younger woman. She heard the soft sigh of relief, and felt the way Helena
relaxed into her body. Her fingers continued their slow, steady stroking
through silky brown hair, happy to be able to do something to comfort the
woman in her arms. She loved Helena and wanted to do anything in her power
to ease her pain, even if only for a while
In the stillness of the night, she could hear the way Helena’s
breathing slowed, could feel the progressive relaxing of the younger woman’s
muscles. She let her fingers slow the gentle petting, aware that Helena
had finally fallen asleep, arms still pooled around her waist, head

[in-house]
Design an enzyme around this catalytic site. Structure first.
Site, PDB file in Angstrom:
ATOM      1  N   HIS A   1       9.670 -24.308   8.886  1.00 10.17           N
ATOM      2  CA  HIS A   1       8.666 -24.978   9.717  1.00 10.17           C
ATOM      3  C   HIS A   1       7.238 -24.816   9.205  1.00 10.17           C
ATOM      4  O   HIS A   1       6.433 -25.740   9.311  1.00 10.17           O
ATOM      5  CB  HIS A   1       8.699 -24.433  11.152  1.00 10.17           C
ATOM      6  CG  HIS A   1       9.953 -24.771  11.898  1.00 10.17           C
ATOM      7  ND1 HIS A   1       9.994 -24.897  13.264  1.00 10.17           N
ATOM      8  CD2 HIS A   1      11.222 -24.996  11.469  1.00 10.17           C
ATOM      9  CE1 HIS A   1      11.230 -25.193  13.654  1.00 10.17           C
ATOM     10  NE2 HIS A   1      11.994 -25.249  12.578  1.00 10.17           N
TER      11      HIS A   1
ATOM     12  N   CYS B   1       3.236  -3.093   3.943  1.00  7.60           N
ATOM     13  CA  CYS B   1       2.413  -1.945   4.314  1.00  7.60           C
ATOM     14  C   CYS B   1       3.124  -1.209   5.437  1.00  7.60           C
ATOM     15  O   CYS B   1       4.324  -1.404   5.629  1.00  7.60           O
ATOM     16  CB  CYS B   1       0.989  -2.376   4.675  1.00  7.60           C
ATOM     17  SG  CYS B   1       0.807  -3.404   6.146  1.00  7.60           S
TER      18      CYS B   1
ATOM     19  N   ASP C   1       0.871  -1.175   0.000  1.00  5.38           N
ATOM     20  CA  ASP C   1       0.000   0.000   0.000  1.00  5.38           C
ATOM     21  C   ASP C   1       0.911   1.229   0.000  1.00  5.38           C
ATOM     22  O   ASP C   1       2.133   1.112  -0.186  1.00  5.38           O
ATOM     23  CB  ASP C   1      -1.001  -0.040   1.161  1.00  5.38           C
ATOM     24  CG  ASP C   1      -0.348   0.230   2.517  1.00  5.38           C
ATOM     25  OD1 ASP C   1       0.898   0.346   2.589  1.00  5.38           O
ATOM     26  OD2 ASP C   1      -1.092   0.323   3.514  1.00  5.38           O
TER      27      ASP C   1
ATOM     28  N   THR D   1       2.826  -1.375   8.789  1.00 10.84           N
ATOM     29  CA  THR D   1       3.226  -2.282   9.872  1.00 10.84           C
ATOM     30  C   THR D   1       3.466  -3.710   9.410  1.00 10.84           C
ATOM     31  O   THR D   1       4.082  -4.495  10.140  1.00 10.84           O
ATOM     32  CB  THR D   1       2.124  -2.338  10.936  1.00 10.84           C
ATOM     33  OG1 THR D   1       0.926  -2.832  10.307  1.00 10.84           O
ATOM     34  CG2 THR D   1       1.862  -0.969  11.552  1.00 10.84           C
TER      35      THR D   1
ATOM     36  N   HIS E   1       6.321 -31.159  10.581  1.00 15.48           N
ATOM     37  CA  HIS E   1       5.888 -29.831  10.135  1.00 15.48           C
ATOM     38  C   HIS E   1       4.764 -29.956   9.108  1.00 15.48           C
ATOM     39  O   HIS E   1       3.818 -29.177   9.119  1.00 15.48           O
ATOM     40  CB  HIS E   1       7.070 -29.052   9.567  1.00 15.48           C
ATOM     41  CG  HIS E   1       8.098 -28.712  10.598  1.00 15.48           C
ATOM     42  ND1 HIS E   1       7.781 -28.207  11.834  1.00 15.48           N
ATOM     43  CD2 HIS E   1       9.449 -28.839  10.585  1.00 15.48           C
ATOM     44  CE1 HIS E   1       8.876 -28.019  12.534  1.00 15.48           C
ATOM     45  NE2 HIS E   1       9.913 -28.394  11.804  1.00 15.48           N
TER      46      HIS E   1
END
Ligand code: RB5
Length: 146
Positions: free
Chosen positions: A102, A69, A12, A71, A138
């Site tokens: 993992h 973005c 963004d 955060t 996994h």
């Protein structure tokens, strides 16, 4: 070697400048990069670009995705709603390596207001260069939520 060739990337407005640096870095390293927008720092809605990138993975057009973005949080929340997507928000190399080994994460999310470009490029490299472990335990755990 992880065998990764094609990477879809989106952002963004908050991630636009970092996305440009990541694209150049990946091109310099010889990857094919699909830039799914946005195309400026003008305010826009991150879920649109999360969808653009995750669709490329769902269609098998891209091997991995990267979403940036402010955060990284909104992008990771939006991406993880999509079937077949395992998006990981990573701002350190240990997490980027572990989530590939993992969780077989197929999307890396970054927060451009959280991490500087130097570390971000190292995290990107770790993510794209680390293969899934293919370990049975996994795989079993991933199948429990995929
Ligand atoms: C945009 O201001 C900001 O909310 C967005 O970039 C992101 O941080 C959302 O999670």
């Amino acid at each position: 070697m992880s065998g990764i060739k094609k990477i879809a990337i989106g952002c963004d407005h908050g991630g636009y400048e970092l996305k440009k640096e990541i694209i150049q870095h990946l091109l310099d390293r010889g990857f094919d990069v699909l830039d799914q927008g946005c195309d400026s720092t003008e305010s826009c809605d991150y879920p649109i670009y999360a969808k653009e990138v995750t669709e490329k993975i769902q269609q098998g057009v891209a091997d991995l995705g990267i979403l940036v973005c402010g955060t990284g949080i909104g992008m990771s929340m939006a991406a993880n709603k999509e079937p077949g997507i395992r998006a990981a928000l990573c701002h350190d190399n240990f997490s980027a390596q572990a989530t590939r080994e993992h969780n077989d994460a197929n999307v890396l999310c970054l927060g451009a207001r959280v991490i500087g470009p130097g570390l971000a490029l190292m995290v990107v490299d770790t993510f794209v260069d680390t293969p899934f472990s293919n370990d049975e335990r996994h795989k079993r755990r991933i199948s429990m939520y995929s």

pillowed on her chest.
Barbara lightly kissed the top of Helena’s head, grateful that the
younger woman had managed to slip into the peace of slumber. She felt
vaguely useless, aware that she had done nothing to help Helena come to
terms with whatever was bothering her. But maybe, she mused, it wasn’t
about that. Maybe it was just important that she’d been there for
Helena, that she’d given her even a slight bit of comfort.
Maybe she’d given her a space where she could heal.
Bolstered by the thought, Barbara once again kissed the head pillowed
against her chest. Then, she leaned back against the headboard, watching
the moon and stars through the skylight and listening to Helena’s slow,
steady breathing. She knew she should try to sleep, but she knew she
As long as Helena slept, Barbara would be here. Awake. Watching over